SME Speaker Series: Dr. Chris Caplice at CSCMP Edge 2023

< Back to posts

Today’s truckload transportation market has a lot of moving parts. Between various economic modes, constantly shifting rates, different procurement strategies and pervasive uncertainty, it can be difficult for shippers to feel confident and prepared. Earlier this month at CSCMP Edge 2023, DAT Chief Scientist Dr. Chris Caplice hosted a presentation alongside Steve Raetz, Director of Research and Market Intelligence at C.H. Robinson, on managing uncertainty in truckload transportation. Below is a recap of the topics covered during the session. 

Breaking down the variables  

When developing a strategy or a routing guide, shippers have a lot of decisions to make. What’s the best method to deliver freight? What is the best rate available? Which carrier will be the best partner? Let’s break it down: 

Full Truckload (FTL) vs. Less-han-Truckload (LTL) 

Full Truckload (FTL) and Less-Than-Truckload (LTL) shipping are two different options for shippers moving freight. FTL means one customer has contracted one shipping trailer to transport products from point A to point B. LTL refers to mixed trailers that can contain freight from two or more customers. LTL loads make several stops to pick up and drop off goods rather than having one direct route.  

Currently, the FTL market makes up about 45% of trucking revenue (about $404 billion) and LTL makes up only 11% (about $96 billion). Private or dedicated loads make up the remaining portion. The two modes also have very different economic strategies behind them: FTL is an economy of scope whereas LTL is an economy of scale. So, while FTL focuses on the average total cost of production for various goods, LTL focuses on the cost advantage that arises from only producing one good. Companies that use FTL lower their shipping costs by producing a variety of products whereas companies that use LTL achieve lower costs by increasing production of a single product.  

While FTL is the quicker method of delivering freight, LTL shipments are often more frequent as shippers do not have to fill the truck to depart. However, LTL shipments also come with greater uncertainty. Freight is passed through various terminals, is unloaded and loaded multiple times, and passes through many hands. As such, there’s an increased risk of damage, theft, or lost goods.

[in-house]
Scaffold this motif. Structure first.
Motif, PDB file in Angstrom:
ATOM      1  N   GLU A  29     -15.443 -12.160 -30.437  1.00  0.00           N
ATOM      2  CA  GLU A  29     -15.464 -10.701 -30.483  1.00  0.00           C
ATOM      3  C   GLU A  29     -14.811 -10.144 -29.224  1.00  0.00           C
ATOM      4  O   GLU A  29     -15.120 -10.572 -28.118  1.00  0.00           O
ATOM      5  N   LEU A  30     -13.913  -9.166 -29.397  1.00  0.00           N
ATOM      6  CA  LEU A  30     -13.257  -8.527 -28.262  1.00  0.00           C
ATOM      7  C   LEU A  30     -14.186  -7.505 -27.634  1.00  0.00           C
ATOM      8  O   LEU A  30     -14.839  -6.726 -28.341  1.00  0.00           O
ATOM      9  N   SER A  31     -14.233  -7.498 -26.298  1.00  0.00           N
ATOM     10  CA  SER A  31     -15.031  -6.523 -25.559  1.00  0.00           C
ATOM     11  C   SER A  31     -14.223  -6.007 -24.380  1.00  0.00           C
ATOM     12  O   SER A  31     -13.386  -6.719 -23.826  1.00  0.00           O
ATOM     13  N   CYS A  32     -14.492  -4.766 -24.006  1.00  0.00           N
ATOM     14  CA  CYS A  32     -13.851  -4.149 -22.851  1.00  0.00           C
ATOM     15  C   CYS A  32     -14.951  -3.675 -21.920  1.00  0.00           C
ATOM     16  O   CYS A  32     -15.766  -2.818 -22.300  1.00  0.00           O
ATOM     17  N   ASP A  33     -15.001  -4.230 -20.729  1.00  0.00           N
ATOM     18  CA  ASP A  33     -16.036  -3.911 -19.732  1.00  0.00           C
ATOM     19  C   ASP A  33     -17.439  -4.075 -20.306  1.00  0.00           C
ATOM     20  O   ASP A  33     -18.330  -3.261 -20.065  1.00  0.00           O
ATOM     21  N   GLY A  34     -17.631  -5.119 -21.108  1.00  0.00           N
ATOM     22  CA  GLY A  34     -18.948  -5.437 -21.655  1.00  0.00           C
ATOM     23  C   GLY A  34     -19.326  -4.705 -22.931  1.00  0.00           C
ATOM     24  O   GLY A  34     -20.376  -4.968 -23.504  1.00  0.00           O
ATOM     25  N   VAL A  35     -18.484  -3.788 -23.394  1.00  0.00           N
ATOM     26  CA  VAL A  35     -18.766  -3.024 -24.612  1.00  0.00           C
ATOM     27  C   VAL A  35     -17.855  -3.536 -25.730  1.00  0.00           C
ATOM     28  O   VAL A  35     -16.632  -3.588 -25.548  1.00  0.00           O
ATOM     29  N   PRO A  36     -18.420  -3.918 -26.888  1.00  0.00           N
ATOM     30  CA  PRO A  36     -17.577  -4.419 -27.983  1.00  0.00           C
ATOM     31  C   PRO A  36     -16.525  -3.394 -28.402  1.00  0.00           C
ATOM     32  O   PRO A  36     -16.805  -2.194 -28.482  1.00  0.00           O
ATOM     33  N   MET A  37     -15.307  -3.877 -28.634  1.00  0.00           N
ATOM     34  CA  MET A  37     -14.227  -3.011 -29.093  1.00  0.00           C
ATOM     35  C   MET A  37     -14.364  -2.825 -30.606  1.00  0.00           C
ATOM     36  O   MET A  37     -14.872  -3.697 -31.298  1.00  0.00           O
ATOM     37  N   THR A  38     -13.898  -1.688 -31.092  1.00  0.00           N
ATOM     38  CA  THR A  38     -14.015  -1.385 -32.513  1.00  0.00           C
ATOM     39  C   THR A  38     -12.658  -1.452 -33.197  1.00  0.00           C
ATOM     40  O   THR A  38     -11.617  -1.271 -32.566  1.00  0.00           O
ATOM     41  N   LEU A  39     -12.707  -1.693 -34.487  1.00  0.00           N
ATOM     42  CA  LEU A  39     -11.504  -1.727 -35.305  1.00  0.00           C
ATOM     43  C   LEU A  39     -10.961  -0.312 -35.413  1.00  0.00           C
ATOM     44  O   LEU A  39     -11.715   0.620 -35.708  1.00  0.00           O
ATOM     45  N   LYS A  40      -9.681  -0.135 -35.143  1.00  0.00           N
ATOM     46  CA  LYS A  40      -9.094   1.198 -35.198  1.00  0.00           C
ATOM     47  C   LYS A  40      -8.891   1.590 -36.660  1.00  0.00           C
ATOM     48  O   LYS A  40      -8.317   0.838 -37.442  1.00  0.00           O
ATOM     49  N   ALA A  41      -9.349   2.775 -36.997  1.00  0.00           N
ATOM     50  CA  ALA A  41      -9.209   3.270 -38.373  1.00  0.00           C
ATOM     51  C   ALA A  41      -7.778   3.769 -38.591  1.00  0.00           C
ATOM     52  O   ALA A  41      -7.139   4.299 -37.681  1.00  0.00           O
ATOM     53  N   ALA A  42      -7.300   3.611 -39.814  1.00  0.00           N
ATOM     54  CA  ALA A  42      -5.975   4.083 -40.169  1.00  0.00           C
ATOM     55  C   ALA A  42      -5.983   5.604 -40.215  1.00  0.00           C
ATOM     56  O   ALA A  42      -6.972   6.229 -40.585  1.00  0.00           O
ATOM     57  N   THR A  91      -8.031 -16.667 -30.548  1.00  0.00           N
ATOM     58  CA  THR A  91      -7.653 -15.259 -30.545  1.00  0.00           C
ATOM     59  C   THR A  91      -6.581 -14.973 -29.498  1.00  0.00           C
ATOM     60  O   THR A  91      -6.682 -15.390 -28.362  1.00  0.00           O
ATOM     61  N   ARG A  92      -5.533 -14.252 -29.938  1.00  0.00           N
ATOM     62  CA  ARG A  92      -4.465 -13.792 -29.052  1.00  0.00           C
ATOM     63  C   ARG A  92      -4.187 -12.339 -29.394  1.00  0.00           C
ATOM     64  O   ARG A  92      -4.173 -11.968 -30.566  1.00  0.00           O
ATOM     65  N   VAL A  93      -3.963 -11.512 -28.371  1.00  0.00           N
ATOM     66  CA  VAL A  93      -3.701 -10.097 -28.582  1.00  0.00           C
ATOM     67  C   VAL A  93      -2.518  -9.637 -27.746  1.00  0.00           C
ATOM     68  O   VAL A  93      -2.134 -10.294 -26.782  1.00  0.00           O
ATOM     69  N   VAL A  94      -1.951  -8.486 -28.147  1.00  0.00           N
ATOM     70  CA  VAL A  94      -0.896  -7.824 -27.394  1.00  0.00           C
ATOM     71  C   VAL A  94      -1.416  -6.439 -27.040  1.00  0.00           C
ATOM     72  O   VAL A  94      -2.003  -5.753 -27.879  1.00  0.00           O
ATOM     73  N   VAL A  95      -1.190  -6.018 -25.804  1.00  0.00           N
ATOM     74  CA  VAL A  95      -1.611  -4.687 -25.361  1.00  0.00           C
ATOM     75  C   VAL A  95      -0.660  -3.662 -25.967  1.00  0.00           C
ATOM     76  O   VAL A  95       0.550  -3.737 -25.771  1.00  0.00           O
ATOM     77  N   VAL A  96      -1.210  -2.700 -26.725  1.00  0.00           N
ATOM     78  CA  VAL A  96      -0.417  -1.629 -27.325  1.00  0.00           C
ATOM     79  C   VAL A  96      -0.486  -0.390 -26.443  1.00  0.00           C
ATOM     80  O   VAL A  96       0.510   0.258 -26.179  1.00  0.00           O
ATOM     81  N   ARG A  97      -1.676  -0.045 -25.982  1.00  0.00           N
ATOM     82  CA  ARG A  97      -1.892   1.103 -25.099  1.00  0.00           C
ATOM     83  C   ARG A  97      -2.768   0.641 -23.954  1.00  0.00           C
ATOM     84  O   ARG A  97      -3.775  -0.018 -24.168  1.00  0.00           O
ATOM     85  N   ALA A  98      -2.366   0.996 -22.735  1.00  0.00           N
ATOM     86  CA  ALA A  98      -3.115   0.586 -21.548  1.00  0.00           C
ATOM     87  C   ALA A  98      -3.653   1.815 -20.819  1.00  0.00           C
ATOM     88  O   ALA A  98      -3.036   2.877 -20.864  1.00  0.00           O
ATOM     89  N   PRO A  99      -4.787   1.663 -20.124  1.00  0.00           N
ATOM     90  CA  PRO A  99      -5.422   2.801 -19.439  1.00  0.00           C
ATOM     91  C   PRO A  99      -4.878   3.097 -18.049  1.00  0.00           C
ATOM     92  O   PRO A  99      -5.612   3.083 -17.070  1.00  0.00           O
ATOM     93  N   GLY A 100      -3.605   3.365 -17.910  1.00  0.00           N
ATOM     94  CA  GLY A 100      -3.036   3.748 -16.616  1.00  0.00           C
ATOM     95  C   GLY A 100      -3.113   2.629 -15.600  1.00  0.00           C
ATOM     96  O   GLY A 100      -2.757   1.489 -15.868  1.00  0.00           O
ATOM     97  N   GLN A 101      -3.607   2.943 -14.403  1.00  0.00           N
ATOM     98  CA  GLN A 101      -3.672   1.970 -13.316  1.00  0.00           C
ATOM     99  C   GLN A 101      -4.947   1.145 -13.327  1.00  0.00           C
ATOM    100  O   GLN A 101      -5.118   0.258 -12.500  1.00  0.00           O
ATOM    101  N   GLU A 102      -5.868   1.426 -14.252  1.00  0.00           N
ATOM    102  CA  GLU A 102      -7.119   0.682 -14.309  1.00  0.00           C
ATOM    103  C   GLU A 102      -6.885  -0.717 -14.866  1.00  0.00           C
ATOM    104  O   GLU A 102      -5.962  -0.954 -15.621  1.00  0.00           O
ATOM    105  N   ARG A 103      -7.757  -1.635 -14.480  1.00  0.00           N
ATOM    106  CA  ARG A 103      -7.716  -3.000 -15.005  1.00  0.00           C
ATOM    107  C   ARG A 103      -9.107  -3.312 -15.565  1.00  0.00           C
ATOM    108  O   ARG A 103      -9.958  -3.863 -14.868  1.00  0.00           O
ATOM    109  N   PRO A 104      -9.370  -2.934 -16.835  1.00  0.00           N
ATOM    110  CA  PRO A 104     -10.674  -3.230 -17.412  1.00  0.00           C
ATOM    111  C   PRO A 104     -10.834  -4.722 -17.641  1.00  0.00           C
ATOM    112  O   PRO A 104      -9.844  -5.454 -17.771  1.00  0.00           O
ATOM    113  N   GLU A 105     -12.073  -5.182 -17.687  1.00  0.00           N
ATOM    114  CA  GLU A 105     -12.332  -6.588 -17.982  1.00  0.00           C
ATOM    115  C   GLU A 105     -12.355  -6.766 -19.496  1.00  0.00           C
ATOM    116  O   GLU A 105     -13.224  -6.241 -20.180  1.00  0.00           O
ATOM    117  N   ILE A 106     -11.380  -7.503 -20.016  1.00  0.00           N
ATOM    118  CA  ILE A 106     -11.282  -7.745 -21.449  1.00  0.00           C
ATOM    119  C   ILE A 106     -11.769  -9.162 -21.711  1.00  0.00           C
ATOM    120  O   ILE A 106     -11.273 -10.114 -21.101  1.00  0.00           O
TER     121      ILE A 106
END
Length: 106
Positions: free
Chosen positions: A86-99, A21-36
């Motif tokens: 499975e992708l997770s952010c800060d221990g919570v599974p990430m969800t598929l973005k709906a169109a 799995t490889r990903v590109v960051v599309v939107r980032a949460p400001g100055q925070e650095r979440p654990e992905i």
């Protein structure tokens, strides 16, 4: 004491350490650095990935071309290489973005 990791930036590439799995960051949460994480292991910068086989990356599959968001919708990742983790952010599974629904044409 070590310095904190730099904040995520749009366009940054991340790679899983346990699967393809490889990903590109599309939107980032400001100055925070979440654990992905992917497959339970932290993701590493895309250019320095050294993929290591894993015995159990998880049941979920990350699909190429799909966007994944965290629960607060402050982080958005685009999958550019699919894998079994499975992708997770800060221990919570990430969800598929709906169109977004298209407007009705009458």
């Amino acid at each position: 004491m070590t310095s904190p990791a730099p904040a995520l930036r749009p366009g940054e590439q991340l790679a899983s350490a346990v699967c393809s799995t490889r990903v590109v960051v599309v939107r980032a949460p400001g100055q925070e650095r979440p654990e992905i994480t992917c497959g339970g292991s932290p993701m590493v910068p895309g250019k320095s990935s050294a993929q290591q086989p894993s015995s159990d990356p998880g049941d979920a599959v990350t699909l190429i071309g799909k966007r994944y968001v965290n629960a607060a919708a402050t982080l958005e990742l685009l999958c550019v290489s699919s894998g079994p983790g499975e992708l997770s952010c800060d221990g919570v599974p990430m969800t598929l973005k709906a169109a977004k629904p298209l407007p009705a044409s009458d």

For-hire carriers and owner-operators  

U.S. truckload capacity is extremely fragmented. Within the industry, some carriers are for-hire and the rest are a part of a private fleet. Among the for-hire carriers, 66% work as owner-operators, and the others are company employees. However, of all these carriers, almost 90% operate between 1-5 trucks. This means that there are a variety of different carriers to choose from but few of them have a high number of vehicles.  

Owner-operators are independent contractors who can play many different roles. They can sell their services directly to shippers or lease their equipment and services to other carrier companies. They can be the drivers themselves or they can manage a few other drivers who work under them. This fragmented nature makes it challenging for shippers to decide which carriers best fit their needs. 

Spot rates vs. contract rates 

It’s critical that shippers evaluating market conditions understand the difference between spot and contract rates. You can think of them like “weather” and “climate.” Though they look at the same situation, they focus on different timelines and perspectives. The spot market (like the weather) reflects day-to-day changes and contract rates (like the climate) moves slower and are set over a longer period of time.  

As it currently stands, spot market rates are lower than contract rates. This is driving more and more shippers to the spot market. Prior to 2017, the average spot usage rate was around 11% but during the routing guide failures of 2017 and 2018, it jumped up to 20% and then dropped back to its usual rate. During the pandemic, spot market usage grew to 25%. While many transportation and logistics experts expected to see rates drop again, they’ve remained consistent at around 20%.  

Shippers tend to turn to the spot market for one of two reasons: routing guide failure or direct-to-spot. Despite routing guide failure returning to “soft market” levels, direct-to-spot has grown, likely driving the increased usage we now see. This is due in part to the increasing accessibility of accurate market data among shippers, which makes it easier to assess the benefits of using the spot market.  

Navigate uncertainty with a solid strategy 

While today’s truckload transportation market can be tumultuous and unpredictable, it also enables shippers to capitalize on a blended strategy of structured contract rates and transactional spot market rates. Spot rates are an excellent option for lanes with low, infrequent volume, while contract rates are the best choice for reliable lanes that require a bit more control.  

It’s important to remember that neither is a one-size-fits-all solution. Both must rely on accurate third-party data to give shippers the insights they need to establish effective strategies. By developing a dynamic portfolio driven by freight market intelligence, shippers can better navigate uncertainty in the marketplace and feel confident in their strategies and routing guides.  

To learn more about how DAT iQ’s full suite of shipper solutions can help you navigate uncertainty, reach out to one of our experts.  

Related Posts

We’re fortunate enough to work with the brightest minds in logistics, not least of these, Dr. Chris Caplice. Dr. Caplice

DAT’s crew had a great four days in Phoenix mixing and mingling with our friends at TIA Capital Ideas 2024.

Truckers are the lifeblood of the economy. Their work is difficult, essential, and often goes unrecognized. As a result, they’re